Joel Oppenheim

Joel Oppenheim
Professor Emeritus and Diversity Advisor to the Office of Science Research at NYU School of Medicine

I am presently Professor Emeritus and Diversity Advisor to the Office of Science Research at NYU School of Medicine. From 1973 – 1994 I ran an NIH funded research lab in the Department of Microbiology at NYU and served as the departmental graduate advisor and co-PI on the departmental NIH T-32 training grant. From 1994 until May 2014 i served as the Senior Associate Dean for Biomedical Sciences and Director of the Sackler Institute of Graduate Biomedical Sciences at NYU School of Medicine. In these positions i oversaw all PhD (~275 students), MD/PhD (~75 students) and Postdoctoral (>700) trainees and all graduate research training programs (12). I served (and still serve) on the NYU School of Medicine’s MD and MD/PhD. Admissions Committees for the past 24 years. Some of my accomplishments include: founder and director of the NYU’s Summer Undergraduate Research and Postdoctoral Programs; founder of the “What Can You Be With a PhD?” Symposium, the largest university based career development program for predoctoral students and postdoctoral fellows in the country; I have served on many national advisory committees (AAMC, NIH, NRC, NSF, ASM, Leadership Alliance, and UNCF/Merck), grant study sections (NCATS, NIAID, NIGMS, NSF, Sloan Foundation, UNCF/Merck), and as a reviewer of numerous NRC, NSF and NAS reports involved with graduate education, pipeline issues and the recruitment and retention of underrepresented students to graduate programs; I have also has served (serve) on the external advisory boards and program review boards of a number of state and national accrediting agencies, colleges and universities (presently including MIT’s CBMM program, Harvard Medical School’s CTSA, Brown University’s Postbacc, UNCF Merck and UC Santa Cruz IMSD program).  I have been an invited speaker to over 70 colleges and universities, at the NRC, NSF and NIH as well as at ABRCMS, IRACDA, Leadership Alliance, McNair, SACNAS and UNCF/Merck national meetings, speaking to students and faculty on topics ranging from how to prepare for and apply to graduate and professional schools, to strategies for the recruitment and retention of students and career options.  In 2010 I was the recipient of the AAAS (American Association of the Advancement of Sciences) Life Time Mentoring Award, one of the nations highest mentoring awards. I was also one of the founding members of the Leadership Alliance in 1992, which in 2010 received the Presidential Award for Excellence in Science, Engineering and Mathematics.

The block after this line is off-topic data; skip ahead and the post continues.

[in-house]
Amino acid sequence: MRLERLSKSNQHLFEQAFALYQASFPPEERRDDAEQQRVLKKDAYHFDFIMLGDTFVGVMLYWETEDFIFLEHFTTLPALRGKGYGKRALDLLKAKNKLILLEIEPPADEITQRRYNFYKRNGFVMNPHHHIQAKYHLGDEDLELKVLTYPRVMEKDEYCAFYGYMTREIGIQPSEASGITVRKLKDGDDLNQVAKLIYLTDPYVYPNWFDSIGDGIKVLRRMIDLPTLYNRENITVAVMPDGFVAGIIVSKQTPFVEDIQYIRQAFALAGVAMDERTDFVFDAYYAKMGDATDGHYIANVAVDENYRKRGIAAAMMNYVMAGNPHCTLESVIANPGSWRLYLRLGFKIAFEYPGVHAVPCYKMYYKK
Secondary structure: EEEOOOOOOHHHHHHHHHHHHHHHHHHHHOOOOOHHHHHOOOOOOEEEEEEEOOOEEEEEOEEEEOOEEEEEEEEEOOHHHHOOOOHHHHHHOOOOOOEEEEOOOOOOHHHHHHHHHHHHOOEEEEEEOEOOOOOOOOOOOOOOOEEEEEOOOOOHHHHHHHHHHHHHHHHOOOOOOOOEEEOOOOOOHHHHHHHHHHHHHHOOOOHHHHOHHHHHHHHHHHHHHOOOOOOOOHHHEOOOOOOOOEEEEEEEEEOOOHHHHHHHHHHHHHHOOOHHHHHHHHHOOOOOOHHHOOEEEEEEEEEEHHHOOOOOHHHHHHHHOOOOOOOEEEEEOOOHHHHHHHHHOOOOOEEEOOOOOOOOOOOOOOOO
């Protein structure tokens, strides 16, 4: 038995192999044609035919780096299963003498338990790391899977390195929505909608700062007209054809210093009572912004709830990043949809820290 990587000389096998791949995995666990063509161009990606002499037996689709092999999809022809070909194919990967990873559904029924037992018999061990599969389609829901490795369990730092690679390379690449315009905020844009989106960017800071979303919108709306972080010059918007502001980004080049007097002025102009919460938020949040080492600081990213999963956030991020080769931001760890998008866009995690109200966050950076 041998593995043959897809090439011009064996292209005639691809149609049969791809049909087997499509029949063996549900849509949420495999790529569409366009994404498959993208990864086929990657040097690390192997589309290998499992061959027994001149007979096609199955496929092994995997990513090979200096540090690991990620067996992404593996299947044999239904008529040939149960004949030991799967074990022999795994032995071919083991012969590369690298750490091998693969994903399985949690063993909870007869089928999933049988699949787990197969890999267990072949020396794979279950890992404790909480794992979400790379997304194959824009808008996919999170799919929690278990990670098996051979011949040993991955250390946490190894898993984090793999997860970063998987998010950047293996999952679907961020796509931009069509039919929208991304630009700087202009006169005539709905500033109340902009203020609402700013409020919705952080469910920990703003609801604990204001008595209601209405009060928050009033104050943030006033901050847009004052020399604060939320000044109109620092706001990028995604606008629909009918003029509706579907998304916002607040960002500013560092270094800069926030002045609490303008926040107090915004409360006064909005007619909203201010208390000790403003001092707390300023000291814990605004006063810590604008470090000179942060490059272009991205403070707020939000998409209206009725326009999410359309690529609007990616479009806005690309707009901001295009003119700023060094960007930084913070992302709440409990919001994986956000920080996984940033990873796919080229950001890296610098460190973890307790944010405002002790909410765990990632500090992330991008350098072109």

CBMM Publications